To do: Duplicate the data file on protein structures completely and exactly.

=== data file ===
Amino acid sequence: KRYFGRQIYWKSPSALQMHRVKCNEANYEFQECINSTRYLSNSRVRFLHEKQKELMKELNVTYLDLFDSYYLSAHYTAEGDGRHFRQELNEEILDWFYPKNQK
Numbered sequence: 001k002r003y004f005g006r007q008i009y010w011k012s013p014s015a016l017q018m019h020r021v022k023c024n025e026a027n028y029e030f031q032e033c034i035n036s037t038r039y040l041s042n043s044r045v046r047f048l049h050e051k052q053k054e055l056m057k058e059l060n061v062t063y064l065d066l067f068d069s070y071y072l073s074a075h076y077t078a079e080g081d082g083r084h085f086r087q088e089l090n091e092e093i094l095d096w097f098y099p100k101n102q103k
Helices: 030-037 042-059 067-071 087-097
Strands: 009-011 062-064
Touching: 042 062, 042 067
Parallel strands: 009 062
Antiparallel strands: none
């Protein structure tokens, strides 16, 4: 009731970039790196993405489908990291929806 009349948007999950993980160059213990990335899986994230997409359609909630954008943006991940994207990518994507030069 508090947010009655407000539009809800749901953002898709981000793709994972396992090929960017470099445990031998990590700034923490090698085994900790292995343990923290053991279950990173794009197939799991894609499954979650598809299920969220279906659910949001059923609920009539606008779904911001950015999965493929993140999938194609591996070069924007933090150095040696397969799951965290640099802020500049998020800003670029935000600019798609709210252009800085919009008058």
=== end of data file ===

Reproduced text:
Amino acid sequence: KRYFGRQIYWKSPSALQMHRVKCNEANYEFQECINSTRYLSNSRVRFLHEKQKELMKELNVTYLDLFDSYYLSAHYTAEGDGRHFRQELNEEILDWFYPKNQK
Numbered sequence: 001k002r003y004f005g006r007q008i009y010w011k012s013p014s015a016l017q018m019h020r021v022k023c024n025e026a027n028y029e030f031q032e033c034i035n036s037t038r039y040l041s042n043s044r045v046r047f048l049h050e051k052q053k054e055l056m057k058e059l060n061v062t063y064l065d066l067f068d069s070y071y072l073s074a075h076y077t078a079e080g081d082g083r084h085f086r087q088e089l090n091e092e093i094l095d096w097f098y099p100k101n102q103k
Helices: 030-037 042-059 067-071 087-097
Strands: 009-011 062-064
Touching: 042 062, 042 067
Parallel strands: 009 062
Antiparallel strands: none
């Protein structure tokens, strides 16, 4: 009731970039790196993405489908990291929806 009349948007999950993980160059213990990335899986994230997409359609909630954008943006991940994207990518994507030069 508090947010009655407000539009809800749901953002898709981000793709994972396992090929960017470099445990031998990590700034923490090698085994900790292995343990923290053991279950990173794009197939799991894609499954979650598809299920969220279906659910949001059923609920009539606008779904911001950015999965493929993140999938194609591996070069924007933090150095040696397969799951965290640099802020500049998020800003670029935000600019798609709210252009800085919009008058």